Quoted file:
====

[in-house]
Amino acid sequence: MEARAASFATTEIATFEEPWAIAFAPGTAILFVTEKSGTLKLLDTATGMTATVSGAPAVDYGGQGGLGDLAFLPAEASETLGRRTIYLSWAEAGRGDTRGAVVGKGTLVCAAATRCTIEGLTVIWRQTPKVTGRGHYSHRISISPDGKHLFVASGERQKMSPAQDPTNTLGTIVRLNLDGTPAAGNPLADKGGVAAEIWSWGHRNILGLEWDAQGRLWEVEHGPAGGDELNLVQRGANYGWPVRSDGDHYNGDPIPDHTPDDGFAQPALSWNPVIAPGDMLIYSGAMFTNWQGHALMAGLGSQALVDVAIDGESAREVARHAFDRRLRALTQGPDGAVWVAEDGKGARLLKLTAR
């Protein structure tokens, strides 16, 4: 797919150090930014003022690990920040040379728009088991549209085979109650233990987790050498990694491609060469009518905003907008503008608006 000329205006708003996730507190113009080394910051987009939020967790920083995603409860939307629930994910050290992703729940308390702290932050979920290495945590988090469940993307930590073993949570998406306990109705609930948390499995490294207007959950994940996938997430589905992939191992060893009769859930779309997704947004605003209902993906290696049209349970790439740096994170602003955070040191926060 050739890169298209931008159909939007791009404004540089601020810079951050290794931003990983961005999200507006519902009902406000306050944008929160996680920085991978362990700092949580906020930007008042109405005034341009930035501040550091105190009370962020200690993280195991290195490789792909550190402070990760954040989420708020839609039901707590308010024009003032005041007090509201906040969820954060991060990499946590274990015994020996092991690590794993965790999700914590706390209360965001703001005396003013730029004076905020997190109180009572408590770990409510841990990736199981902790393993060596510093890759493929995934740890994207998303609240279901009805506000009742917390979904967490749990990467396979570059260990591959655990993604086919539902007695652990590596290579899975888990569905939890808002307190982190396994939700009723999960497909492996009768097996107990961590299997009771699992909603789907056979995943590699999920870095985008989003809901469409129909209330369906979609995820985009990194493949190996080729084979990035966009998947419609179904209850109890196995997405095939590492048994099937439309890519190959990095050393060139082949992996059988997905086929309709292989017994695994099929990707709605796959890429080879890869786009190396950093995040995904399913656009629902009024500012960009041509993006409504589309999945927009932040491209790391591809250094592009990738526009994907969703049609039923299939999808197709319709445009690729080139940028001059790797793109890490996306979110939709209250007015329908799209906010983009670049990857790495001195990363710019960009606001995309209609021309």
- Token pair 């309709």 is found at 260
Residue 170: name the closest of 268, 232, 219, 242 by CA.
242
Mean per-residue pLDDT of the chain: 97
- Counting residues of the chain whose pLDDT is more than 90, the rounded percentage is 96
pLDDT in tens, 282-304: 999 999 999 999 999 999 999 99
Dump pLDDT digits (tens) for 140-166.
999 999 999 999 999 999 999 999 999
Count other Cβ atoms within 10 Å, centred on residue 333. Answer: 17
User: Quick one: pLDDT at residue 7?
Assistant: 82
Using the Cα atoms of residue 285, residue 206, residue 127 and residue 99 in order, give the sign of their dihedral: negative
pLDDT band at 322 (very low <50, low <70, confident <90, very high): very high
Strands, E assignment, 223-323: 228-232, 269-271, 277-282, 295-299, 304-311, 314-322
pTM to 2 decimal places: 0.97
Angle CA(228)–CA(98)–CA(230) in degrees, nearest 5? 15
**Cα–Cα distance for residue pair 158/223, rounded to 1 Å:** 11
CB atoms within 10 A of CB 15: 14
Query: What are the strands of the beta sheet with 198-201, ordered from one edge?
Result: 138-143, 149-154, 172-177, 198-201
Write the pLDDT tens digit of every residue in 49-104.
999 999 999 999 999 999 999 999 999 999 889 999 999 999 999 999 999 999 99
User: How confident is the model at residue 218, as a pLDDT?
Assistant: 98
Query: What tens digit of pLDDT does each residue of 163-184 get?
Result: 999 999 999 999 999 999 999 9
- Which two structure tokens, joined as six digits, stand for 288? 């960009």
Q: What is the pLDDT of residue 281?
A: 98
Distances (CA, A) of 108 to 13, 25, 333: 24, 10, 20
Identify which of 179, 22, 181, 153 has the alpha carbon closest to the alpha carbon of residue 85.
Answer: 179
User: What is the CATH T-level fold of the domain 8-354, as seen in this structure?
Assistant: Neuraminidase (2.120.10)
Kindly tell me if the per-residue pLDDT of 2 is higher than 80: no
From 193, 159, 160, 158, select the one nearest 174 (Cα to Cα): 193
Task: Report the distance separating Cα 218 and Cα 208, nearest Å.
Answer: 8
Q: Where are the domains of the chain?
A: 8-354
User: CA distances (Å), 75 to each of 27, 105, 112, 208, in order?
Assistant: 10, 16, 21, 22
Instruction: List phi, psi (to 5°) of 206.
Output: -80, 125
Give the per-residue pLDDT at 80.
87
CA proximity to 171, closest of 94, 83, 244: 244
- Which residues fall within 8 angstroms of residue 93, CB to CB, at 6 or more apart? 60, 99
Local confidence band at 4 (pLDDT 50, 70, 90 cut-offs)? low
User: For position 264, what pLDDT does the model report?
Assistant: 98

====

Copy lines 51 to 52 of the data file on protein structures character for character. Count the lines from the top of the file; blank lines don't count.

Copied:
- Which residues fall within 8 angstroms of residue 93, CB to CB, at 6 or more apart? 60, 99
Local confidence band at 4 (pLDDT 50, 70, 90 cut-offs)? low